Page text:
The Taoiseach passed a comment about the low balling of contracts. He was a little on the naive side with his comment. I would argue that right now for BAM it is like picking apples in an orchard and that is a big problem for the Government. The legal firm is the adviser on how one procures and amends the tender documents and it has a duty to alarm its clients of the consequences of using standard documents such as those in the capital works management framework because they can only facilitate a fixed-price contract and they do not suit a job such as this one. That gives unbelievable potential to the contractor to get extra money as it goes. The legal firm is a construction specialist. It is not true that it does not know. It should know. That is part of its job. It did not have to rely on the capital works management framework, which the Department of Finance gives it. It had other options. I am seriously concerned with its performance and I think its professional indemnity should be considered. This is not good enough and it will cost the Government too much money. At this stage in the contract the Government has the potential for termination at will. It excludes loss of profits.
The cost of calling a halt is in the contract. We have not reached the point of no return. We are really only starting. The extra cost we are looking at now will be far exceeded in time if the Government continues along this road. The Government needs to stop and retender.
I note the Deputy's very constructive engagement on this issue in the House and the obvious experience he has in the construction industry which makes for a very helpful contribution. A process is under way now to fully evaluate what happened. Mistakes were made. There was a gross underestimate of the-----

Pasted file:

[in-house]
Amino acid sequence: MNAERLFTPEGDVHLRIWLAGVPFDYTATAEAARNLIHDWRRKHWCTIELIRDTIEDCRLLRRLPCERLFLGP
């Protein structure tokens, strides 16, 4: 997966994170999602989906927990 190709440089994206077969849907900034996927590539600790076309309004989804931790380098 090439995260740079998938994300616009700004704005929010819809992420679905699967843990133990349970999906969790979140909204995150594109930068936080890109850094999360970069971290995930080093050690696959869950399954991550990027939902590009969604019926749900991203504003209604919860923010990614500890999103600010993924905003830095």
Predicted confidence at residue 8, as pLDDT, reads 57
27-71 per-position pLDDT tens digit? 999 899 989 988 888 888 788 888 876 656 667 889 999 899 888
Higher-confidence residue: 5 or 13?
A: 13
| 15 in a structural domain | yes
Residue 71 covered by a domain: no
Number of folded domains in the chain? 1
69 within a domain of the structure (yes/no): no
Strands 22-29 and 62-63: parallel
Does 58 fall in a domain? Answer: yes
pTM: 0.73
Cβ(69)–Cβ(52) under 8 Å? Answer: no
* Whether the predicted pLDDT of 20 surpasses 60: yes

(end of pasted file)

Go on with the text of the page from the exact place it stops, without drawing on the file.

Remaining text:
-----cost of building the hospital. When the estimate was corrected, there was a dramatic change in the overall predicted and estimated cost of delivering the hospital. When we got clarity on the figure, the Minister brought a series of recommendations to the Government to make a decision on to how to proceed. I think he made the right decision to do that. What Deputy Wallace is focusing on, understandably, is how we got there, how we learn lessons from that and how we change systems in the future for project management or tendering processes for big projects such as this one. The Government is listening-----
What I respectfully suggest is that we, as politicians, have limited expertise in this House to make the right judgment calls in relation to this project. Our job as legislators and policymakers is to put structures and systems in place that ensure underestimates such as this do not happen in the future. By and large, when one looks at many of the other big projects that have been delivered, our systems have worked. I refer to the N17, the N18 from Gort to Tuam, the N11, the N7, the north docklands sewerage system and the Phoenix Park Tunnel. I could go on. There are lots of projects on time and within budget because the systems have improved significantly from seven to ten years ago when many projects went over budget. Something has gone wrong in relation to the estimation of cost of the children's hospital. We intend on getting to the bottom of that and learning lessons from it, and we will change systems where necessary in response to that to make sure it does not happen in the future. Of course we will take on board the constructive criticism, concern and suggestions that are made in this House. I do not think it is helpful to start naming individual firms in this House and to start apportioning blame before we have the full, clear picture of what happened. I will certainly not get into that space.